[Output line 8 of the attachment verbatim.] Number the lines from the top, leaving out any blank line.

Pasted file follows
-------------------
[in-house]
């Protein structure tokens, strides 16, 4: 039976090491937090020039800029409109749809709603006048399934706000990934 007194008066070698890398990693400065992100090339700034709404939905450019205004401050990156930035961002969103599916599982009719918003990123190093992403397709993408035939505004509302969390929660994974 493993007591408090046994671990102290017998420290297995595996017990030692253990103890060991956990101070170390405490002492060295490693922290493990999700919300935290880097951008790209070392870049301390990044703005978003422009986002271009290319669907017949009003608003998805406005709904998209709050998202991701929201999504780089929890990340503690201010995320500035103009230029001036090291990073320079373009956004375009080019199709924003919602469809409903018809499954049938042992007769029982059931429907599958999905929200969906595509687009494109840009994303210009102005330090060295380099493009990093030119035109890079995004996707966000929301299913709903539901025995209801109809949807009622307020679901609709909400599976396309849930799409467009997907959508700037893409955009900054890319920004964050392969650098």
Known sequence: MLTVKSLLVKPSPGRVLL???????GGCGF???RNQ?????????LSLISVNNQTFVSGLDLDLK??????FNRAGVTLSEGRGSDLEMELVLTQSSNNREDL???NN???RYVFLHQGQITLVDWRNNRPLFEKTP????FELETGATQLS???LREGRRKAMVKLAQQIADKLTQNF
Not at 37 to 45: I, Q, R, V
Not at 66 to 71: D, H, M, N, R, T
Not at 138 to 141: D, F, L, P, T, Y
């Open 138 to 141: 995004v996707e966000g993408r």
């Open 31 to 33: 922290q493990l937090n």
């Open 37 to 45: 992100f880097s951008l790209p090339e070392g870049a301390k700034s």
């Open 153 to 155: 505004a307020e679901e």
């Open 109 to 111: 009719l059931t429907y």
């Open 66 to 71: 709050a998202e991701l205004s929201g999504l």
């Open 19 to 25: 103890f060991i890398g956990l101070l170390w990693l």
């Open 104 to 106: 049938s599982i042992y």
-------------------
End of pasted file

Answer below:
């Open 31 to 33: 922290q493990l937090n």